This emphasis on excellence and exceptionalism as central conditions of perceived prestige is closely linked to the state of the middle class in Africa and the diaspora. The middle class is facing a debilitating recognition. It recognizes its incapacity to propose a total program of social change under neocolonialism. So it finds refuge in the empty-yet-powerful discourse of precolonial excellence. Weaponizing exceptionalism becomes an effortless tactic to mobilize Africans around another meaningless myth. As such, it seeks to accumulate further signs of prestige whenever and wherever it finds it.
Since the modern African middle class sees itself as a global class, it develops the vocabulary of “prestige-speak.”It updates this vocabulary with references to distinctive characteristics of excellence and exceptionalism. The obsession over prestige transcends the limits of national identity. This is because the African global middle class is always anxious to preserve its social and cultural capital in a zero-sum competition with the middle class in the global north.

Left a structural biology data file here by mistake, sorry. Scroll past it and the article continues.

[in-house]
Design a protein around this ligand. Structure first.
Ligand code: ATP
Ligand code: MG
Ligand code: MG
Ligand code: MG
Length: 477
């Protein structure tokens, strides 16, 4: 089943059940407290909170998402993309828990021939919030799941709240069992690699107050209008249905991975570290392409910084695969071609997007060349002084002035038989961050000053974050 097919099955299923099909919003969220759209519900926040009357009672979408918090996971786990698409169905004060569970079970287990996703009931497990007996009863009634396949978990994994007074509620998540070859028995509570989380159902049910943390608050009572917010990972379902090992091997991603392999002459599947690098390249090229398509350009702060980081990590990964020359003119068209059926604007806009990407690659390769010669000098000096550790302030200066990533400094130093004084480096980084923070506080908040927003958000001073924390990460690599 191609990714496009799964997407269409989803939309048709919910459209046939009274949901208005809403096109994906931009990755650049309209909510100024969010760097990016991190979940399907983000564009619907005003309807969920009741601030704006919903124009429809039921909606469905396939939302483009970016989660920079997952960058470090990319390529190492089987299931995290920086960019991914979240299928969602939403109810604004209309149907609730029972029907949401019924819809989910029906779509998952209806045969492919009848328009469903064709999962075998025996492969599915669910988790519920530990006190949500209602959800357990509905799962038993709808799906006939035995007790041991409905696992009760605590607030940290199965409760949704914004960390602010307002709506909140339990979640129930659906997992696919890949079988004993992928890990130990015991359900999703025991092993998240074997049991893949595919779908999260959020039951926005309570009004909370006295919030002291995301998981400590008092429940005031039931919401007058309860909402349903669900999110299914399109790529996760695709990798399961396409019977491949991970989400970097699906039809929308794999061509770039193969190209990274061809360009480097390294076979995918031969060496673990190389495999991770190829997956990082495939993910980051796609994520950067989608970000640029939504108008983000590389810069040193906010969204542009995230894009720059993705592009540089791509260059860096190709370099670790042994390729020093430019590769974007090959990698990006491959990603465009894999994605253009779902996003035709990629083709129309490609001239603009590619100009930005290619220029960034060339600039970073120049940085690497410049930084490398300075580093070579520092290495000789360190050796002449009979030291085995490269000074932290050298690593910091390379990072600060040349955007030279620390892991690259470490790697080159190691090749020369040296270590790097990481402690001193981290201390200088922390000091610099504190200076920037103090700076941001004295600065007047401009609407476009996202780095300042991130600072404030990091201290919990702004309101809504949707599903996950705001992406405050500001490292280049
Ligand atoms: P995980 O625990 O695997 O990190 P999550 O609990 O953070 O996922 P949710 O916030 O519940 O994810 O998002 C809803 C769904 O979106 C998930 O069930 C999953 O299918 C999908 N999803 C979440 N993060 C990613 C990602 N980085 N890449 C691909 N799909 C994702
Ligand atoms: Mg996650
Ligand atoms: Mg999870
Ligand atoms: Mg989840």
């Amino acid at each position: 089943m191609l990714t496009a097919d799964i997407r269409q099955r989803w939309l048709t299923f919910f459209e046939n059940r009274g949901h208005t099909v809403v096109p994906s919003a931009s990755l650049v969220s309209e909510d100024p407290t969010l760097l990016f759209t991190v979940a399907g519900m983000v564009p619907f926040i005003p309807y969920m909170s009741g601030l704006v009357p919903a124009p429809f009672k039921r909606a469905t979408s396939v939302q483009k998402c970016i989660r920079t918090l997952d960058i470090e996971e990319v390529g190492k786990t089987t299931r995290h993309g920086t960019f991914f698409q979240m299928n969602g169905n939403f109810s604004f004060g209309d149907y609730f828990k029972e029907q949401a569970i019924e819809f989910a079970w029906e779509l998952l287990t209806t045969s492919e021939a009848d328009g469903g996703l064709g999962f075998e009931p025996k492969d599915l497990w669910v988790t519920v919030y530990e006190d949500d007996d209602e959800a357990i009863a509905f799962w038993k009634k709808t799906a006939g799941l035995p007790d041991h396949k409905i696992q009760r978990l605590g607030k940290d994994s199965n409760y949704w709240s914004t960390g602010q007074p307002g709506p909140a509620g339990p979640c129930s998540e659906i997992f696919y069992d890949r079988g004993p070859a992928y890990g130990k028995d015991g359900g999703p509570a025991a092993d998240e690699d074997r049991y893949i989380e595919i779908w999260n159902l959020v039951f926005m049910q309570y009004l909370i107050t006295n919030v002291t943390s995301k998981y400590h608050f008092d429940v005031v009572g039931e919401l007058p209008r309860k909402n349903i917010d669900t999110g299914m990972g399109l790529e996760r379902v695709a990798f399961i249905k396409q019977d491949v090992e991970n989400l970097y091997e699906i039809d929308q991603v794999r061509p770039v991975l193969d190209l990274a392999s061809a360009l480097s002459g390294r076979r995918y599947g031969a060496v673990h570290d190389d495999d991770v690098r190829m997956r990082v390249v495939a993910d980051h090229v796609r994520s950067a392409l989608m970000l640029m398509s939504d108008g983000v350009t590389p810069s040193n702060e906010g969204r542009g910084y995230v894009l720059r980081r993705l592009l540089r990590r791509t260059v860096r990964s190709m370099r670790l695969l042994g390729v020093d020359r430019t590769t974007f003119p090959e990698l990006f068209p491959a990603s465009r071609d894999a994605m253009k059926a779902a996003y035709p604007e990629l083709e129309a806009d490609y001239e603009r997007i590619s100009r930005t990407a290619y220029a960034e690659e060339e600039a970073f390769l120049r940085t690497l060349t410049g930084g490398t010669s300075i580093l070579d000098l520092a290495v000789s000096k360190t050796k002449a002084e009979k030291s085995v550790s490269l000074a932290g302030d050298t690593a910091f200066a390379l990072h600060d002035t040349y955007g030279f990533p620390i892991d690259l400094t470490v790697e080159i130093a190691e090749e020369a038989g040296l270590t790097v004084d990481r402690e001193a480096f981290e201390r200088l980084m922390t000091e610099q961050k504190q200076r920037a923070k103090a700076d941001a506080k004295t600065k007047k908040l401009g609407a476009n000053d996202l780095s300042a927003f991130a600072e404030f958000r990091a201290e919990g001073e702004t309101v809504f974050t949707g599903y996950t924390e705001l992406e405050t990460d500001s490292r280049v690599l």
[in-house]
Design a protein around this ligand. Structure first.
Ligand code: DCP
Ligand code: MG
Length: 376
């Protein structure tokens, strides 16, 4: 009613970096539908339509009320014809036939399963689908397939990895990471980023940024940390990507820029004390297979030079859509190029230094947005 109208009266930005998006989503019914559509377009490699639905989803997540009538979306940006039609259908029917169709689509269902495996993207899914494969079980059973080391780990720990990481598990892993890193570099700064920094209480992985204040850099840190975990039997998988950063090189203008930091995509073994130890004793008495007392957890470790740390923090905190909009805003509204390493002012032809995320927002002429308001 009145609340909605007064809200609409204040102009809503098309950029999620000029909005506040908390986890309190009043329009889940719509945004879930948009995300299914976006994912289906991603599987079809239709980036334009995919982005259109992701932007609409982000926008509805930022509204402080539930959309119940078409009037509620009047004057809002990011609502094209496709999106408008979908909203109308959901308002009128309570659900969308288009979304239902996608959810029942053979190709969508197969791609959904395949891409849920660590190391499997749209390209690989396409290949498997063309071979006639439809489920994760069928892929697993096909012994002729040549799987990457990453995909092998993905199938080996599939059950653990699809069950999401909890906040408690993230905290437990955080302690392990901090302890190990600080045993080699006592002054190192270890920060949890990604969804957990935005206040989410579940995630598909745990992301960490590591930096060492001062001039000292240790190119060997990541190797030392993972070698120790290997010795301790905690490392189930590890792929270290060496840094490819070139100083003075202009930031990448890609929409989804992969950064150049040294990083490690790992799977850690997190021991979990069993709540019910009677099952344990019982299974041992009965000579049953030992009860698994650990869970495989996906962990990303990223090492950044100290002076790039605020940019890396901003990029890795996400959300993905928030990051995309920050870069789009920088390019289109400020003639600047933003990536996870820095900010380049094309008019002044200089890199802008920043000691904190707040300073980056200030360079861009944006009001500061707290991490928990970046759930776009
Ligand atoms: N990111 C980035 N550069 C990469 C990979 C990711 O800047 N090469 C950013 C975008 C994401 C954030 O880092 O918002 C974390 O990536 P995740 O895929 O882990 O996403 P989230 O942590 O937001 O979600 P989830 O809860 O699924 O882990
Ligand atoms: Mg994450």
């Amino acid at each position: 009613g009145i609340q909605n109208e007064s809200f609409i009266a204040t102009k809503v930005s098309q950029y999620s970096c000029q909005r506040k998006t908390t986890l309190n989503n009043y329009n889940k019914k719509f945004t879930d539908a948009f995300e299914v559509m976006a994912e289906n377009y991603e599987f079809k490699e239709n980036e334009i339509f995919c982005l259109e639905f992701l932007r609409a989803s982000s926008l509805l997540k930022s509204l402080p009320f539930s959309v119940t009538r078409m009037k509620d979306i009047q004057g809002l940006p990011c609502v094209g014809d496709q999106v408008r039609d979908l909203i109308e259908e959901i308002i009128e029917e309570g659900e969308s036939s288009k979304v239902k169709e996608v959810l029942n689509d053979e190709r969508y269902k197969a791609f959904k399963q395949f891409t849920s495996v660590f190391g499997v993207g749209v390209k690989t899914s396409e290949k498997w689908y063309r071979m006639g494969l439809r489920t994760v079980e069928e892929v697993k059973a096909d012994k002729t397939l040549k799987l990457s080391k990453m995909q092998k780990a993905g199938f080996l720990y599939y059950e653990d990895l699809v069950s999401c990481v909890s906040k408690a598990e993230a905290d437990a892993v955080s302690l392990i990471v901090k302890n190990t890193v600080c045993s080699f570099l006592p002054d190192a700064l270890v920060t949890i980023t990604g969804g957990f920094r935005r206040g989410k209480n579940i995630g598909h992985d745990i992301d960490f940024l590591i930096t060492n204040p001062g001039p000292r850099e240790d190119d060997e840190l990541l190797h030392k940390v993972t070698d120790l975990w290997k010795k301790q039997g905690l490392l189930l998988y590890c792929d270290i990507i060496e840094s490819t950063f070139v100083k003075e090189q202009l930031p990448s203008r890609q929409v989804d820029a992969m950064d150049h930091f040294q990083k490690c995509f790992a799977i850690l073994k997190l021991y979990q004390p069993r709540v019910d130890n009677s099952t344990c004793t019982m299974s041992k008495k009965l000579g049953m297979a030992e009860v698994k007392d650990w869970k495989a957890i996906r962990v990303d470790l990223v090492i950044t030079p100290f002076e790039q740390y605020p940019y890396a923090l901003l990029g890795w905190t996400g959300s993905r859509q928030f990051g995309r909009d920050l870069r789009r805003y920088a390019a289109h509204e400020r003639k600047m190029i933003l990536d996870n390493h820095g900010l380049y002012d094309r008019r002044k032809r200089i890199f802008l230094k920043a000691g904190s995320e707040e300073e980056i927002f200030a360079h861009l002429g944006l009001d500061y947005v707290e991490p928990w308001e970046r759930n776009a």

The Cleopatra controversy has less to do with the importance of accuracy in historical interpretation. It has more to do with the divisive politics of African representation in black American cultural production. The Netflix eight-episode docudrama executive produced by Jada Pinkett-Smith is the latest addition. It adds to a growing media production and discourse library that excessively romanticizes precolonial black Africa as prosperous and noble.
The global African middle class’s pursuit of prestige deepens racial tensions and debilitates the possibility of a genuine and meaningful coming together of Africans in Africa and the diaspora. What’s worse, it reduces the once-revolutionary vocabulary of decolonization, combative present, re-indigenization, dismantling, etc., to a “prestige-speak.” Prestige speak is the phenomenon of the age of hot takes and excessive online presence.
The recurrent controversies around racial identity and precolonial heritage that plague the coming together of Africans on both sides of the Sahara speak to the disenchanting condition of a continent that lost its way. We are only left with a deep sense of two Africas’ solitude that continues to alienate us profoundly.